But he was fair, principled and despite what the cadets initially thought, not unreasonable (mostly). And he certainly made sure they knew their stuff backwards and in their sleep. Additionally, the cadets learned that anyone with courage and gumption found a staunch supporter in their instructor.
One petite girl in particular was determined to overcome her physical shortcomings in the fighting ring but all the bigger men were afraid to spar seriously for fear of hurting her. Commander Winchester didn't have the time to spend with her one on one, as he was in high demand by Starfleet (who had discovered that Winchester-trained cadets lived through their first missions) and was teaching a full course of classes ranging from Security 101 to Advanced Infiltration/Extraction 465.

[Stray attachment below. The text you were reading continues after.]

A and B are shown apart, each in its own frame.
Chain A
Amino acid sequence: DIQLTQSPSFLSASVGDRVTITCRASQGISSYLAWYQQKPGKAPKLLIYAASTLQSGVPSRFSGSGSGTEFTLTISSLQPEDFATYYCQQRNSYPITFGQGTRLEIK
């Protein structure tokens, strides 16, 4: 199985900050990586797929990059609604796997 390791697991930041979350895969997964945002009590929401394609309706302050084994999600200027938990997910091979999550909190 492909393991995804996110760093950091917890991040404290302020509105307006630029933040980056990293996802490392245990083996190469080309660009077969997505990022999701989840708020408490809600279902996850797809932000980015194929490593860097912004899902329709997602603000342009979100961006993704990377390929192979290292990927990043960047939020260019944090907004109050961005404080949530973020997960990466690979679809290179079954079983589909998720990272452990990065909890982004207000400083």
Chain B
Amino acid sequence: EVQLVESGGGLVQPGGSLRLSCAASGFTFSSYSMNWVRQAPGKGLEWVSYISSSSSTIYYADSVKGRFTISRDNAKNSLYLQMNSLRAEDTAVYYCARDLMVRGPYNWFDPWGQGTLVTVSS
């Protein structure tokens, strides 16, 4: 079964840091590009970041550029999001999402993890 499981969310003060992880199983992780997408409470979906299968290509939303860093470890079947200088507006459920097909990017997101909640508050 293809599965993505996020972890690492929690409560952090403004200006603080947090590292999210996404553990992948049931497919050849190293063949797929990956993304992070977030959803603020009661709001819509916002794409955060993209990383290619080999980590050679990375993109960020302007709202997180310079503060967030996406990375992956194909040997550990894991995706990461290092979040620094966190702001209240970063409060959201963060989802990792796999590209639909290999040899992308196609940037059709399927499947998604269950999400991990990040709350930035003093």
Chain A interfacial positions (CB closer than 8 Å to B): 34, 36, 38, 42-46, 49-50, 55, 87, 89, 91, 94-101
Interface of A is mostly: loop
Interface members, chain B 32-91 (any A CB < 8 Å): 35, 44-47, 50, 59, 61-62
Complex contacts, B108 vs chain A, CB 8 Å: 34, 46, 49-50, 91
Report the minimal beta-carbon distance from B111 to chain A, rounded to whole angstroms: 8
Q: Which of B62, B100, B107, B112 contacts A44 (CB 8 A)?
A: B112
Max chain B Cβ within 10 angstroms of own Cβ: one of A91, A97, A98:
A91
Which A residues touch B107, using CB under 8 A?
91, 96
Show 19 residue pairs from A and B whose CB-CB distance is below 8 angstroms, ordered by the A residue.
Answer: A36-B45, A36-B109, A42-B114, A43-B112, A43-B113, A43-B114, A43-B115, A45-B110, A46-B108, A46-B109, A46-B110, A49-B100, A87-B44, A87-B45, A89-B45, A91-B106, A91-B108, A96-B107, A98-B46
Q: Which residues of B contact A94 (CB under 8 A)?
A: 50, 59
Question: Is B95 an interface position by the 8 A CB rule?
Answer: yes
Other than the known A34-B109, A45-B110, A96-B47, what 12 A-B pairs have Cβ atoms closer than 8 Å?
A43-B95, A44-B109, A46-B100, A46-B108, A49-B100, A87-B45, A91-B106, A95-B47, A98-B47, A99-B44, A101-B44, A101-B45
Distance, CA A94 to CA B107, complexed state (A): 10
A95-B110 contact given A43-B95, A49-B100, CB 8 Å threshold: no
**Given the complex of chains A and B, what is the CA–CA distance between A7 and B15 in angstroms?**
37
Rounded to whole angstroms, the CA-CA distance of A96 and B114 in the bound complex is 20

She was at the end of her rope and almost in tears one afternoon after class when Commander Winchester called her into the gym. "Cadet Merran! I've got someone for you to spar against. Beat him and you'll have passed the class."
The cadet perked up and stuck her head into the gym.
The dude was enormous, bigger than Commander Winchester and looked about as serious as a heart attack.
"Commander Winchester here has an hour every afternoon for the next six days free. Beat him in a spar and I'll give you a 90% in the class."
"Yes?" they both asked in stereo.
"Oh," she squeaked before shaking herself. She wasn't some wilting damsel. Clearly they were related (father-son?) and she'd definitely feel better about fighting big guys if she could defeat the giant over there.